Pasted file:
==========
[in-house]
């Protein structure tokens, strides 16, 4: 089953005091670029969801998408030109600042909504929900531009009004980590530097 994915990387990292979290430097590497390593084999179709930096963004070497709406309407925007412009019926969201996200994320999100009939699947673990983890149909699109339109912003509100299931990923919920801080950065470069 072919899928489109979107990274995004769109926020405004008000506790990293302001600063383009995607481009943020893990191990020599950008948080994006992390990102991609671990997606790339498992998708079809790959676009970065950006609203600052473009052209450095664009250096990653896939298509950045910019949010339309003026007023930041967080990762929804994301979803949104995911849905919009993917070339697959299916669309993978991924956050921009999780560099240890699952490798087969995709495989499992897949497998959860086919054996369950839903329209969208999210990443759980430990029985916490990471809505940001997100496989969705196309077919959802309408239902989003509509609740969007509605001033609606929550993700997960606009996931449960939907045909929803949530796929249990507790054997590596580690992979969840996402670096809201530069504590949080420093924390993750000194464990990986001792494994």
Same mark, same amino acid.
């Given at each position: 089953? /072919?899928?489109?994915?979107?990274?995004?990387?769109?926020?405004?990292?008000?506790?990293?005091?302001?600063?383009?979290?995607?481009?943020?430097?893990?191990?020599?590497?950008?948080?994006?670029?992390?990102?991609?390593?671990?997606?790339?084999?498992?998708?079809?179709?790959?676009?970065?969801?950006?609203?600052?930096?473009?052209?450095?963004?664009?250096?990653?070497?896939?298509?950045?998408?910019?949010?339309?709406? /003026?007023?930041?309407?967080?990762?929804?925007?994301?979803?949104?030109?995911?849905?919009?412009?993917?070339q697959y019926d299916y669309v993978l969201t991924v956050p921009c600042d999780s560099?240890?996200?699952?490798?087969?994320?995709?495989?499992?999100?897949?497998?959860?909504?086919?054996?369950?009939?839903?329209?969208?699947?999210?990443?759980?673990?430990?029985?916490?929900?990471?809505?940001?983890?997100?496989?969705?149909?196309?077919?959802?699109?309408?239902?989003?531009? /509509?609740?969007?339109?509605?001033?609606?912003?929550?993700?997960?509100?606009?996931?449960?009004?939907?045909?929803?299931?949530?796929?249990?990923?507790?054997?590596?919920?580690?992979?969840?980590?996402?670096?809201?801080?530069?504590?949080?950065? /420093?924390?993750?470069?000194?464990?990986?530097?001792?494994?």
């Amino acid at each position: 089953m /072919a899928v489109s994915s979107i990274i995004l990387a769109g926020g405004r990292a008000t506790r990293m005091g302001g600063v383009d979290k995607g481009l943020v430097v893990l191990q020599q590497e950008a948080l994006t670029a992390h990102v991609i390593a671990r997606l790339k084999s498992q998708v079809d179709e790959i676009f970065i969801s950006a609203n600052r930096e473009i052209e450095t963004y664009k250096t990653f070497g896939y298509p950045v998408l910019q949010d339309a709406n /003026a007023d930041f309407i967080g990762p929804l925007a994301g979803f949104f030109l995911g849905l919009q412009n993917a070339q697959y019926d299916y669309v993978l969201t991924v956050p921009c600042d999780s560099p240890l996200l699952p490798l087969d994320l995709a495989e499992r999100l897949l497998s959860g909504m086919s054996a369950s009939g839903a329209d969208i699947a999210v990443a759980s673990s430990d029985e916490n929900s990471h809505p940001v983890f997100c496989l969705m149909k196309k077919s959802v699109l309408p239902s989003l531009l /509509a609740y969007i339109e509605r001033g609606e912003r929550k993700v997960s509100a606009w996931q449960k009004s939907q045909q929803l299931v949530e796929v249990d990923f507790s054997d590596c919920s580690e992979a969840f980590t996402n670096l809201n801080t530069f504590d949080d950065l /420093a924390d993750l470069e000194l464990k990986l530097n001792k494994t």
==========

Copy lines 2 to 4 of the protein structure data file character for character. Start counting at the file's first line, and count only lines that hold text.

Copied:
């Protein structure tokens, strides 16, 4: 089953005091670029969801998408030109600042909504929900531009009004980590530097 994915990387990292979290430097590497390593084999179709930096963004070497709406309407925007412009019926969201996200994320999100009939699947673990983890149909699109339109912003509100299931990923919920801080950065470069 072919899928489109979107990274995004769109926020405004008000506790990293302001600063383009995607481009943020893990191990020599950008948080994006992390990102991609671990997606790339498992998708079809790959676009970065950006609203600052473009052209450095664009250096990653896939298509950045910019949010339309003026007023930041967080990762929804994301979803949104995911849905919009993917070339697959299916669309993978991924956050921009999780560099240890699952490798087969995709495989499992897949497998959860086919054996369950839903329209969208999210990443759980430990029985916490990471809505940001997100496989969705196309077919959802309408239902989003509509609740969007509605001033609606929550993700997960606009996931449960939907045909929803949530796929249990507790054997590596580690992979969840996402670096809201530069504590949080420093924390993750000194464990990986001792494994």
Same mark, same amino acid.
């Given at each position: 089953? /072919?899928?489109?994915?979107?990274?995004?990387?769109?926020?405004?990292?008000?506790?990293?005091?302001?600063?383009?979290?995607?481009?943020?430097?893990?191990?020599?590497?950008?948080?994006?670029?992390?990102?991609?390593?671990?997606?790339?084999?498992?998708?079809?179709?790959?676009?970065?969801?950006?609203?600052?930096?473009?052209?450095?963004?664009?250096?990653?070497?896939?298509?950045?998408?910019?949010?339309?709406? /003026?007023?930041?309407?967080?990762?929804?925007?994301?979803?949104?030109?995911?849905?919009?412009?993917?070339q697959y019926d299916y669309v993978l969201t991924v956050p921009c600042d999780s560099?240890?996200?699952?490798?087969?994320?995709?495989?499992?999100?897949?497998?959860?909504?086919?054996?369950?009939?839903?329209?969208?699947?999210?990443?759980?673990?430990?029985?916490?929900?990471?809505?940001?983890?997100?496989?969705?149909?196309?077919?959802?699109?309408?239902?989003?531009? /509509?609740?969007?339109?509605?001033?609606?912003?929550?993700?997960?509100?606009?996931?449960?009004?939907?045909?929803?299931?949530?796929?249990?990923?507790?054997?590596?919920?580690?992979?969840?980590?996402?670096?809201?801080?530069?504590?949080?950065? /420093?924390?993750?470069?000194?464990?990986?530097?001792?494994?």